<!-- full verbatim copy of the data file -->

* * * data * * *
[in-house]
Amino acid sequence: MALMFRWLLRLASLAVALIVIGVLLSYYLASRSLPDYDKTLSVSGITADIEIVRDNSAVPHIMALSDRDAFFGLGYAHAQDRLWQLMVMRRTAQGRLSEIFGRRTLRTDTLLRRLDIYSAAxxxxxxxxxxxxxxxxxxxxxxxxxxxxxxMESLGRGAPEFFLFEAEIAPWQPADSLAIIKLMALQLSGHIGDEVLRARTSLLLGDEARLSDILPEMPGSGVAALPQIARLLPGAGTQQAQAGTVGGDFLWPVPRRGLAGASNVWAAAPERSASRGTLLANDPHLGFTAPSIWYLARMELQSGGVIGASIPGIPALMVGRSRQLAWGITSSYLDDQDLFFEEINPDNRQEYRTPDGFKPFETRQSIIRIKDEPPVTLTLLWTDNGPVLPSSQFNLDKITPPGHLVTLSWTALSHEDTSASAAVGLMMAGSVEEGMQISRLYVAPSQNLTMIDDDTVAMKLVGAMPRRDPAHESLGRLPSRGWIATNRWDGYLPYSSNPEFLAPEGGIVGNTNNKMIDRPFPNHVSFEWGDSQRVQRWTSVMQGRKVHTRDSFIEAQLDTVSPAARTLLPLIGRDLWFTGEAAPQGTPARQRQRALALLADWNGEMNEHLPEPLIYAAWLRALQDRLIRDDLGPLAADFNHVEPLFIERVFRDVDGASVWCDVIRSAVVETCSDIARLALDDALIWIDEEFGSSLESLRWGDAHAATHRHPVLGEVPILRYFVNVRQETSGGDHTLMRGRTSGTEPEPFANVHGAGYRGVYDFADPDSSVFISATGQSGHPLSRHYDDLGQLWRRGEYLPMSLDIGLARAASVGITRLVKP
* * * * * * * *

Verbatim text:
[in-house]
Amino acid sequence: MALMFRWLLRLASLAVALIVIGVLLSYYLASRSLPDYDKTLSVSGITADIEIVRDNSAVPHIMALSDRDAFFGLGYAHAQDRLWQLMVMRRTAQGRLSEIFGRRTLRTDTLLRRLDIYSAAxxxxxxxxxxxxxxxxxxxxxxxxxxxxxxMESLGRGAPEFFLFEAEIAPWQPADSLAIIKLMALQLSGHIGDEVLRARTSLLLGDEARLSDILPEMPGSGVAALPQIARLLPGAGTQQAQAGTVGGDFLWPVPRRGLAGASNVWAAAPERSASRGTLLANDPHLGFTAPSIWYLARMELQSGGVIGASIPGIPALMVGRSRQLAWGITSSYLDDQDLFFEEINPDNRQEYRTPDGFKPFETRQSIIRIKDEPPVTLTLLWTDNGPVLPSSQFNLDKITPPGHLVTLSWTALSHEDTSASAAVGLMMAGSVEEGMQISRLYVAPSQNLTMIDDDTVAMKLVGAMPRRDPAHESLGRLPSRGWIATNRWDGYLPYSSNPEFLAPEGGIVGNTNNKMIDRPFPNHVSFEWGDSQRVQRWTSVMQGRKVHTRDSFIEAQLDTVSPAARTLLPLIGRDLWFTGEAAPQGTPARQRQRALALLADWNGEMNEHLPEPLIYAAWLRALQDRLIRDDLGPLAADFNHVEPLFIERVFRDVDGASVWCDVIRSAVVETCSDIARLALDDALIWIDEEFGSSLESLRWGDAHAATHRHPVLGEVPILRYFVNVRQETSGGDHTLMRGRTSGTEPEPFANVHGAGYRGVYDFADPDSSVFISATGQSGHPLSRHYDDLGQLWRRGEYLPMSLDIGLARAASVGITRLVKP